|Lowest level of detail. Removal of support materials is slow (on the order of a couple hours).
|Varity of color options, variety of materials for printing, high level of detail, relatively inexpensive
|Two-week time to process and receive an order
|ProJet HD 3000
|Relatively quick turnaround, highest level of detail, high throughput, easy to remove support materials (wax).
|Most expensive up front cost, only one color option during practical use.
Table 1. Comparison of 3D printing technologies available to print CT data sets.
X-ray CT data sets of a living Lobund-Wistar rat and an ex vivo New Zealand White Rabbit skull were utilized to demonstrate the feasibility of 3D object production from pre-clinical biological data. Models were generated using three difference sources: 1)The popular Makerbot Replicator, 2) The third party company Shapeways Inc, and 3) The high-grade commercial ProJet HD 3000. Each printer was able to generate objects that satisfied the principle goal of enhanced data visualization.
During the process of printing pre-clinical CT data, the advantages and disadvantages of each method of printing were ascertained and summarized for the end user. The MakerBot Replicator is an inexpensive ($1,750) bench top solution that is accessible to virtually any lab around the globe. It can print in multiple colors with inexpensive inputs (a rat CT with lungs used about $3.50 in plastic). However, the Makerbot is limited by resolution, and thus some models will have to be enlarged for proper extrusion and visualization of intended structure. Shapeways Inc. provides an outstanding number of selections with regard to color and material. The models are high resolution, and robust. While their prices are about 10-fold higher than the MakerBot on a per unit basis (a rat CT with lungs was $41.61), a user can execute a limited number of jobs and avoid the upfront cost of purchasing a printer. The two-week lead time from Shapeways is a minor disadvantage. The ProJet HD 3000 provided outstanding models in terms of resolution and strength. We were fortunate enough to contract the printing of our objects on the ProJet HD 3000 at Innovation Park at Notre Dame (about $30 for a rat CT with lungs for labor and materials). Users may have difficulty with access to this type of equipment as they are priced in the range of $80,000, and it is cumbersome to print with multiple colors as well. Since each instrument/manufacturer provides a different metric to describe the resolution for object printing (Shapeways minimum level of detail = 0.2 mm, minimum wall thickness = 0.7 mm, 5 MakerBot slice thickness = 0.2-0.3 mm with a 0.4 mm nozzle, 6ProJet HD 3000 DPI = 656 x 656 x 800 with an accuracy of 0.025-0.05 mm ), a qualitative assessment of relative resolutions between each system suggests that both Shapeways and the ProJet HD system can print in high detail to scale, while some objects must be enlarged for successful use of the MakerBot. Collectively, all three methods are environmentally friendly and provide a convenient means to achieve facile production of highly detailed pre-clinical X-ray CT models.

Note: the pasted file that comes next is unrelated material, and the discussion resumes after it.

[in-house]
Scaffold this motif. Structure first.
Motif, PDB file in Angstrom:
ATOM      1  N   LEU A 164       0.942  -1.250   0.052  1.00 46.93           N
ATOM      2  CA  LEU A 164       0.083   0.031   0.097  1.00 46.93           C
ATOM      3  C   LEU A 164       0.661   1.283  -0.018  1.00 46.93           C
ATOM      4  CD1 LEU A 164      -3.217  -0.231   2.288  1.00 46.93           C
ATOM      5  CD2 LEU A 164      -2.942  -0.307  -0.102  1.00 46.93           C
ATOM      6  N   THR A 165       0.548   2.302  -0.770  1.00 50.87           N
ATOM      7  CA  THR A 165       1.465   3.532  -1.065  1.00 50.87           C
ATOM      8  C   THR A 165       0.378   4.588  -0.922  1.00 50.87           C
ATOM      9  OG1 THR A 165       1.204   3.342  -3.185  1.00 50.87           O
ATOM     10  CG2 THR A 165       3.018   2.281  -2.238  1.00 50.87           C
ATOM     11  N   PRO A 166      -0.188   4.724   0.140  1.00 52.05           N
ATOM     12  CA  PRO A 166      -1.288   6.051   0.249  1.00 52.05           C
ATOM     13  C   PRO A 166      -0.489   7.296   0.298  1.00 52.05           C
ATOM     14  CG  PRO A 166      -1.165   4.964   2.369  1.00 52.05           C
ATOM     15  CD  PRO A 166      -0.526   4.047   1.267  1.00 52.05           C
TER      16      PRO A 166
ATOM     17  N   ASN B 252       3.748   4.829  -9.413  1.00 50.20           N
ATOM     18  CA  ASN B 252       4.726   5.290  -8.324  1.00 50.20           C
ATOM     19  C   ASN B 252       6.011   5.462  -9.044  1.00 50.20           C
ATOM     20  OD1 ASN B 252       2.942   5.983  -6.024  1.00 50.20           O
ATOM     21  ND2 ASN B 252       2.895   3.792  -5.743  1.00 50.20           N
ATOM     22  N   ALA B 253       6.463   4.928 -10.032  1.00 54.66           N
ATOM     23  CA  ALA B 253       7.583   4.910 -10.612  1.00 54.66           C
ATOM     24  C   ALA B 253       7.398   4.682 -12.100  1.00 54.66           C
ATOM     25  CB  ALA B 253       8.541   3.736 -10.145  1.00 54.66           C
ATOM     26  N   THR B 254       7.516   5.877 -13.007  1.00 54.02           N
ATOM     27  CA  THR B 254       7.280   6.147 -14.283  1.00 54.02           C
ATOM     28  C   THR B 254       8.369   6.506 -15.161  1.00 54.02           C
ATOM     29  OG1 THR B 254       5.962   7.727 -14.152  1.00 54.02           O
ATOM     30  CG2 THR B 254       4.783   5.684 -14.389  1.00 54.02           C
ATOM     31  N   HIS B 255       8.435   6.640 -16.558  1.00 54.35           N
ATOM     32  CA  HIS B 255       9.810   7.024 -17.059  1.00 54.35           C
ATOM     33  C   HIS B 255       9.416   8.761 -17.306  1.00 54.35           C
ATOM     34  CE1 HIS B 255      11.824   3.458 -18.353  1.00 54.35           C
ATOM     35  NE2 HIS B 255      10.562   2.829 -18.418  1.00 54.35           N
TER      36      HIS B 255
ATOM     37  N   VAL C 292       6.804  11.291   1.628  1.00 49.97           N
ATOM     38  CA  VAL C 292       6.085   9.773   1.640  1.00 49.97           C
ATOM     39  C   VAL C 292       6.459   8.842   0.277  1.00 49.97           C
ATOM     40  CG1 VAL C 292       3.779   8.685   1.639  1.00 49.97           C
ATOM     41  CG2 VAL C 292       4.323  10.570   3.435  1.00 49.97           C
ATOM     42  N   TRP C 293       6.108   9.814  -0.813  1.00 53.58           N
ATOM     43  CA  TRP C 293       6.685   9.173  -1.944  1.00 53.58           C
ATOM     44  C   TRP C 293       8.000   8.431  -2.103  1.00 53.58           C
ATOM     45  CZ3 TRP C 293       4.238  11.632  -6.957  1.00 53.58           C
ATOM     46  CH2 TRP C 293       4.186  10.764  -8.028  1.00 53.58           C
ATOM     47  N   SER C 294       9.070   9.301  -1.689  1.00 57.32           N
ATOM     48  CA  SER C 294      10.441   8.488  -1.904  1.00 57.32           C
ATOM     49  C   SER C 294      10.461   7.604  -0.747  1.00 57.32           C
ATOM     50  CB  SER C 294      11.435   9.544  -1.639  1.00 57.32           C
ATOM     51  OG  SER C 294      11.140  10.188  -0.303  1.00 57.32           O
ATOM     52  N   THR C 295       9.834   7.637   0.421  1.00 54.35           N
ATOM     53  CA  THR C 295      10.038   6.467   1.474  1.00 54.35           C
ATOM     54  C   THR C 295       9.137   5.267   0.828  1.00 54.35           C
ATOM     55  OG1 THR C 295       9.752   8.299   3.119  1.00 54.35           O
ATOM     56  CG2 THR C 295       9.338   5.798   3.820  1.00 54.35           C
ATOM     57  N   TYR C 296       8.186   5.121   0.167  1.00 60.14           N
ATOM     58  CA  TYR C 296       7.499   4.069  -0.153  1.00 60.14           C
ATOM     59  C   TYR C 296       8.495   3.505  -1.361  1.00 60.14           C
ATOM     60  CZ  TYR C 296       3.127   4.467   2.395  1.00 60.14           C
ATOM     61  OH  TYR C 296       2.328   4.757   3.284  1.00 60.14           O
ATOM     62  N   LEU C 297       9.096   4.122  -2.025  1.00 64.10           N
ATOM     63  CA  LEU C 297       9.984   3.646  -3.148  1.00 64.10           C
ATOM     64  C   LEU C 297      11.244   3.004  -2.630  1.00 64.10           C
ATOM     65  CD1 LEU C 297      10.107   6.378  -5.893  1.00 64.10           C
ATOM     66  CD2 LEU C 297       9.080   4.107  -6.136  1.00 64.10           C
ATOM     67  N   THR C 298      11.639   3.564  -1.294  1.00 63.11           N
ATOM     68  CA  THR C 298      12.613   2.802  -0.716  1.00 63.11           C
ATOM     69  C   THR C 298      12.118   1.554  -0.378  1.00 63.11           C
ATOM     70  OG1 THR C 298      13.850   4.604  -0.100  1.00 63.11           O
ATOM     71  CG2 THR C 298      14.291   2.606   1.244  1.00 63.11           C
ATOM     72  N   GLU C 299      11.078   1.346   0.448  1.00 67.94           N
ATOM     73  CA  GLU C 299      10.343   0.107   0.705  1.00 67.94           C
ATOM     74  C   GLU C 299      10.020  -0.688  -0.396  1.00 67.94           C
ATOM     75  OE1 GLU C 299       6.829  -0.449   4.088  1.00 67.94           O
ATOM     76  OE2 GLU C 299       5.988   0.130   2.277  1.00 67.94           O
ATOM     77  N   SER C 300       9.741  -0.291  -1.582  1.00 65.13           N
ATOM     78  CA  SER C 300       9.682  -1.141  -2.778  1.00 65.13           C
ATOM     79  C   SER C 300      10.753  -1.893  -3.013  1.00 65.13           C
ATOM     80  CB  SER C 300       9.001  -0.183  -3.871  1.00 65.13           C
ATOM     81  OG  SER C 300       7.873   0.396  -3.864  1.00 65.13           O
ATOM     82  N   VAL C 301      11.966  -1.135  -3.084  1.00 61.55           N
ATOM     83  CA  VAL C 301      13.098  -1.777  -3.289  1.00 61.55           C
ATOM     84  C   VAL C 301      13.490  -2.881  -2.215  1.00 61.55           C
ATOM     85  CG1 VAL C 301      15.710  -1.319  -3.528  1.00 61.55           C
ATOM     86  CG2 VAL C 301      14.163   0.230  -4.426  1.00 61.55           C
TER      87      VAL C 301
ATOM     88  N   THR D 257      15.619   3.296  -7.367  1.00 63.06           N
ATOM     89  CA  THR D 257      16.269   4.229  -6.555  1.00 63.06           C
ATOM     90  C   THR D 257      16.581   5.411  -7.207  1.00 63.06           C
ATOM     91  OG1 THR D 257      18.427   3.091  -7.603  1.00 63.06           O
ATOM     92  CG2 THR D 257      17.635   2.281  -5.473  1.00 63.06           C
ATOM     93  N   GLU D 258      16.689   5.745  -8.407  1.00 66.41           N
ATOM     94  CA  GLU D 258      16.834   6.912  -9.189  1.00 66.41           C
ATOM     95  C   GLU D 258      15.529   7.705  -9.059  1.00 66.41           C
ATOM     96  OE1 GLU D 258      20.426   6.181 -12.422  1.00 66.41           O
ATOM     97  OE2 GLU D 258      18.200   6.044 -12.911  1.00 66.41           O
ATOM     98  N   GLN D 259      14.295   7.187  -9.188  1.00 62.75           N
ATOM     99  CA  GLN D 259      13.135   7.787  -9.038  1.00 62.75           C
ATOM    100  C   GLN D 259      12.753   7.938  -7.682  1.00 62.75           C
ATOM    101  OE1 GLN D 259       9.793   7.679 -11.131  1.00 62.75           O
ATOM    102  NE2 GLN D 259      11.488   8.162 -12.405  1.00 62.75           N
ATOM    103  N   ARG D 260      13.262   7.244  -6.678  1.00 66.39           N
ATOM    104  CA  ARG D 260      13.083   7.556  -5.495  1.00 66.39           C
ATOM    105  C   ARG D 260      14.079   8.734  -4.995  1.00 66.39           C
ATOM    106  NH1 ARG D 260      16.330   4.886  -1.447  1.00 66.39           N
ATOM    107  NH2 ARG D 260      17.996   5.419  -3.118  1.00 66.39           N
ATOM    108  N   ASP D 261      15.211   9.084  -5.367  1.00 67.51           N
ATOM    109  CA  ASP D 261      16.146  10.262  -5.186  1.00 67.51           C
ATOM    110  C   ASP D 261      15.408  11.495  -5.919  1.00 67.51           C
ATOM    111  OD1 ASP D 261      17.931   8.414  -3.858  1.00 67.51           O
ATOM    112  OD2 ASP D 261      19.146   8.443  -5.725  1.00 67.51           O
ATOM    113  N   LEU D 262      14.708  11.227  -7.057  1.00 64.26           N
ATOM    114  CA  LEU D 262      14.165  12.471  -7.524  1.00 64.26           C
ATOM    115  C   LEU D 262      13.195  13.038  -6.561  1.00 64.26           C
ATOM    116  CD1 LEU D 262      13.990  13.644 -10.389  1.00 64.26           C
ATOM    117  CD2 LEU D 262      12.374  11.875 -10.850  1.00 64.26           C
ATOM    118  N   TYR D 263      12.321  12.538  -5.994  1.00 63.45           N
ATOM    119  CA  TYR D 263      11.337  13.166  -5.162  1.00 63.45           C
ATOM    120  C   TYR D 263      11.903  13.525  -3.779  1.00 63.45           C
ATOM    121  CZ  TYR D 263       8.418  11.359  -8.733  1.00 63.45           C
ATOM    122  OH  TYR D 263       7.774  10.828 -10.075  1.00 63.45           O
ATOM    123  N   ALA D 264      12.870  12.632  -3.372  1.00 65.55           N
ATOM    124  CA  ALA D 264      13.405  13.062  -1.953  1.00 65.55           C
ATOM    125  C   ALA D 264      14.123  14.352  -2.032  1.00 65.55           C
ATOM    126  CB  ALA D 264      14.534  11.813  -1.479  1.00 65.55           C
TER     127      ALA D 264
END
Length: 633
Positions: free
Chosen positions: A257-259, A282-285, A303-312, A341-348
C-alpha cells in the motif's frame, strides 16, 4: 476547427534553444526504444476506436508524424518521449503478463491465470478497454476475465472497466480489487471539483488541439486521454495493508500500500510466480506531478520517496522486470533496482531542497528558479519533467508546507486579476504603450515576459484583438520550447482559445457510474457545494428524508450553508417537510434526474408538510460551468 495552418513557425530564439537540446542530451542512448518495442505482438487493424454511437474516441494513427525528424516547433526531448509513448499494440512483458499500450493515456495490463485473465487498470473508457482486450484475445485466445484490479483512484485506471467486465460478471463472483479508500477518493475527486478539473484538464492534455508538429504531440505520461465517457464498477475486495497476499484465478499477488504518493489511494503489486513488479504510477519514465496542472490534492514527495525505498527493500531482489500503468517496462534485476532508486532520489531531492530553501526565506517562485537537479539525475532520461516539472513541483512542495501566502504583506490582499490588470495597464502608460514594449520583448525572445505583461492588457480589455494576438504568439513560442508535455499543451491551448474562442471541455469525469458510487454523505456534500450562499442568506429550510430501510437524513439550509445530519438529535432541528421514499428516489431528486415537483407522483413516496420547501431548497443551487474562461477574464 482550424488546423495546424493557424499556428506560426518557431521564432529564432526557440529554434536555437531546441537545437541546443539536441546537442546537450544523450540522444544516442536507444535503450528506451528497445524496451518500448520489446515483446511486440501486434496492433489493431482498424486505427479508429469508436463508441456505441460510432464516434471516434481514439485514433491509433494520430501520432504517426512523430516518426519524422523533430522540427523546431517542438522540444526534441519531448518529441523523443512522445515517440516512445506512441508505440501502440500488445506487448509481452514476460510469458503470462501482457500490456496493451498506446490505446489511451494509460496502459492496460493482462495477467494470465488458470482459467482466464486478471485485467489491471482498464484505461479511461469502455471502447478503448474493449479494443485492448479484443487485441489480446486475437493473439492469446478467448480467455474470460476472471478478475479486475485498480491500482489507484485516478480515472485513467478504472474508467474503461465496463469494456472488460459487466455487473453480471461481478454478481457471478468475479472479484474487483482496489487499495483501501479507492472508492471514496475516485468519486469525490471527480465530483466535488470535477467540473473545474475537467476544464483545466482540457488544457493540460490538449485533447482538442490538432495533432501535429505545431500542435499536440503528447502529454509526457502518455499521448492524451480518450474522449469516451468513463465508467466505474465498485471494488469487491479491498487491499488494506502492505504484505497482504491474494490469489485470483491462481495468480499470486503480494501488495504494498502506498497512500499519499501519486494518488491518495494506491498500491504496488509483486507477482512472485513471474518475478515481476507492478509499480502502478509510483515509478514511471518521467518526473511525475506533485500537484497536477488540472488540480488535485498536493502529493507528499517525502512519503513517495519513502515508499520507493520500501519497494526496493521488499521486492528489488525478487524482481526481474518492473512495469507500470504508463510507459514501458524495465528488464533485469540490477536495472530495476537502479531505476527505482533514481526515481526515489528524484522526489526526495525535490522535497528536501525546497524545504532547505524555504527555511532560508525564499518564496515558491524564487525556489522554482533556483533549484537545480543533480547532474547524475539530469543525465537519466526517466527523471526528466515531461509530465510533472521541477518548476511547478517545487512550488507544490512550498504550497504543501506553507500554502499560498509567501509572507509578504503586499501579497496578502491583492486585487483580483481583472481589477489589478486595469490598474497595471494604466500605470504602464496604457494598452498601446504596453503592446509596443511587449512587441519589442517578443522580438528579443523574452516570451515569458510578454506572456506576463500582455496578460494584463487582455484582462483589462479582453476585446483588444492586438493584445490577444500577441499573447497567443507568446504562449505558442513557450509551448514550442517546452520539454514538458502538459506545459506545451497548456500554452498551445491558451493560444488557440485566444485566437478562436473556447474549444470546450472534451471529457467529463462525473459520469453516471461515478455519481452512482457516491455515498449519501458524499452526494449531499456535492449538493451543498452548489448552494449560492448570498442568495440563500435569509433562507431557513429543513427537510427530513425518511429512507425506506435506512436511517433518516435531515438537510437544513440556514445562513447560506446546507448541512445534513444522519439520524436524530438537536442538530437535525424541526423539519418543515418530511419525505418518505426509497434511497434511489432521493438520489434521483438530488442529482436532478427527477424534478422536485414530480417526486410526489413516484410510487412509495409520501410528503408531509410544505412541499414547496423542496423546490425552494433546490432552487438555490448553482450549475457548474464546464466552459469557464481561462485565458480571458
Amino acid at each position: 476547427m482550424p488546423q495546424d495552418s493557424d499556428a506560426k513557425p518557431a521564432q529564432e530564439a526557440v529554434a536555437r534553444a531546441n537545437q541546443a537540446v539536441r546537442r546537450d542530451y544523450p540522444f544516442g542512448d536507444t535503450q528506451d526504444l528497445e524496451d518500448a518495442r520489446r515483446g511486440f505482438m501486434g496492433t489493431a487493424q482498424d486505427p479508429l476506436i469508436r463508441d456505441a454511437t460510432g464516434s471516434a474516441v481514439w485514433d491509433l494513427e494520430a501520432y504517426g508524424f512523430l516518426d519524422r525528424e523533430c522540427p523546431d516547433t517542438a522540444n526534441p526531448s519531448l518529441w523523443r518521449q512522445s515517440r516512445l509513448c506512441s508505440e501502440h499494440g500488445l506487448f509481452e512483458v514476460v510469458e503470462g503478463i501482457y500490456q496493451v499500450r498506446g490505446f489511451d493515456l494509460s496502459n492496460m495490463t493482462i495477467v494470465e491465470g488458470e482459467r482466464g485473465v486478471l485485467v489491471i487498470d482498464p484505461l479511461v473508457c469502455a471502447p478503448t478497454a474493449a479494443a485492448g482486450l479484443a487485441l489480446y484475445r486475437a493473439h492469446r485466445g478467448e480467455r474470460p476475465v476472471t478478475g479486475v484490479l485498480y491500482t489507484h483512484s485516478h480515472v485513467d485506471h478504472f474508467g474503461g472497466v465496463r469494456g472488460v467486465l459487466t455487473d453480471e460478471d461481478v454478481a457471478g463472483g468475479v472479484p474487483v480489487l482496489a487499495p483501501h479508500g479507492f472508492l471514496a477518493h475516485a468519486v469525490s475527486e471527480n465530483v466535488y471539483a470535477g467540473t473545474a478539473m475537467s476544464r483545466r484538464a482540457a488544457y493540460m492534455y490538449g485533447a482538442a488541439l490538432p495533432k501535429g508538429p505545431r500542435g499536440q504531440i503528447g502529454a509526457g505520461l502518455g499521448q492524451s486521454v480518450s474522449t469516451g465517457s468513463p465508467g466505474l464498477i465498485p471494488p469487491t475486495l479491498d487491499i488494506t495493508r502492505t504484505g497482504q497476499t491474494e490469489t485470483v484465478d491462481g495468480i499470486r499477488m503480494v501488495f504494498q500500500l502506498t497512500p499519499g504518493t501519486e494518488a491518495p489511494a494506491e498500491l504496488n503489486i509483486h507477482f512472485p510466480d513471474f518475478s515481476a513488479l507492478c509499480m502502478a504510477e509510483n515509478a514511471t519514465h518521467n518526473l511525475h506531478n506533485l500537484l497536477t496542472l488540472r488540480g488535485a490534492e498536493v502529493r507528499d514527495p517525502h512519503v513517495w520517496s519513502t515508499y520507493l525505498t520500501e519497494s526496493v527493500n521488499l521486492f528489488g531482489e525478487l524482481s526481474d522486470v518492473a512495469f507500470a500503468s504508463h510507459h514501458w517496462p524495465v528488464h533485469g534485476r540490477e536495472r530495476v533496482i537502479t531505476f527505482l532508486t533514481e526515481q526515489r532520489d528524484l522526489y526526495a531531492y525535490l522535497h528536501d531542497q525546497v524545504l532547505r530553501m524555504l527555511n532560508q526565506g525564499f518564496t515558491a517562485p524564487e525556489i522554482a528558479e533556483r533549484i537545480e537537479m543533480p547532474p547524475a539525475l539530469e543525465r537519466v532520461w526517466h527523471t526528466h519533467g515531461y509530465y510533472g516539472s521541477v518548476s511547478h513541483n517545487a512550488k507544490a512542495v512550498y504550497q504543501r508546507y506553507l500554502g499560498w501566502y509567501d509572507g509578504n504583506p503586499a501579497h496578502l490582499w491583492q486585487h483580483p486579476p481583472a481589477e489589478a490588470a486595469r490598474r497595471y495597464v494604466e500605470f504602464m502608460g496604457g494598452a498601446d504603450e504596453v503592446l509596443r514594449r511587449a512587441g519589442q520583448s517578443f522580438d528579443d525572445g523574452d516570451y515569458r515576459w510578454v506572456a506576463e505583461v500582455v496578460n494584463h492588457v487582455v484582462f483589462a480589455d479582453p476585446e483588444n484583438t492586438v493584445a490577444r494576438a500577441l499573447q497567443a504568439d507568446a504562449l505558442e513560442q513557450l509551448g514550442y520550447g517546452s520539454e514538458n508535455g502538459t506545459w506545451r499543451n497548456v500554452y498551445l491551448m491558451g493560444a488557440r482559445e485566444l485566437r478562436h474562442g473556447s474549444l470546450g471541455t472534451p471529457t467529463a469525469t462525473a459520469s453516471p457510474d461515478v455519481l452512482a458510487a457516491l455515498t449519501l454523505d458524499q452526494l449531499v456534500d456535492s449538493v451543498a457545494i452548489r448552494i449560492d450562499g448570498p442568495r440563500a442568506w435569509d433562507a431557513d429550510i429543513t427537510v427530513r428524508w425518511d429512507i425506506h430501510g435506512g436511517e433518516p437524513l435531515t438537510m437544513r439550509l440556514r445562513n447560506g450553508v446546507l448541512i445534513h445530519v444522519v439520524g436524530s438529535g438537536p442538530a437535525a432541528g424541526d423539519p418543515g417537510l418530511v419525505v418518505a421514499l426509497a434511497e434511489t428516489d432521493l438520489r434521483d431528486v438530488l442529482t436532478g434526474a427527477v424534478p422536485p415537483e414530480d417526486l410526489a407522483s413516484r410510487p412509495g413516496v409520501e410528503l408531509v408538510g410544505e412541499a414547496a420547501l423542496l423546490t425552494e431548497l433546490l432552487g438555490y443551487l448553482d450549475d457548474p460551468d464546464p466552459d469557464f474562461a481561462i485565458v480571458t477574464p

Gradually, the technology of 3D printing has become more accessible as both costs and complexity have been minimized.8, 9 Now, literally anyone may print high-resolution, three-dimensional objects from digital files. These detailed three-dimensional objects can be useful tools for both educators and researchers alike. Furthermore, they provide a means of visual communication that assists in achieving a clearer understanding.10 For example, medical researchers can use specimen or patient-specific models to improve both communication and comprehension with their colleagues and patients.11 Although representation on 2D screens has come a long way, there is absolutely no replacement for the visual and sensory experience of holding a real object that is able to be held, rotated, examined and moved around. A model paired with an electronic data representation is even more powerful as it allows researchers to examine the physical object for regions of interest, and to find those areas on a computer model for further quantitative analysis. With proper data collection, surface rendering, and stereolithographic editing, it is possible to rapidly produce detailed, relatively inexpensive models from X-ray CT data. Here, we provide a detailed, step by step method for the production of a three-dimensional model from pre-clinical small animal data collected with an X-ray micro-CT. We acquired our in vivo and ex vivo CT data sets using an Albira image station, and performed subsequent processing with PMOD, ImageJ, Meshlab and Netfabb software packages. Finally, we provide detailed instructions to enable three-dimensional model printing with a range of commercial solutions. In each case, the end result is a model that provides a unique, hand-held, physical manifestation of the acquired tomographic data that would normally be restricted to a computer screen.
W. Matthew Leevy is a consultant for Carestream Molecular Imaging. Brian Stamile is a support engineer for MakerBot Industries.
We warmly thank the Nanovic Institute for European Studies, the Glynn Family Honors Program, Notre Dame Integrated Imaging Facility (NDIIF) and Carestream Health for financial support for this project. Research on rabbit cranial development supported by NSF BCS-1029149 to MJR.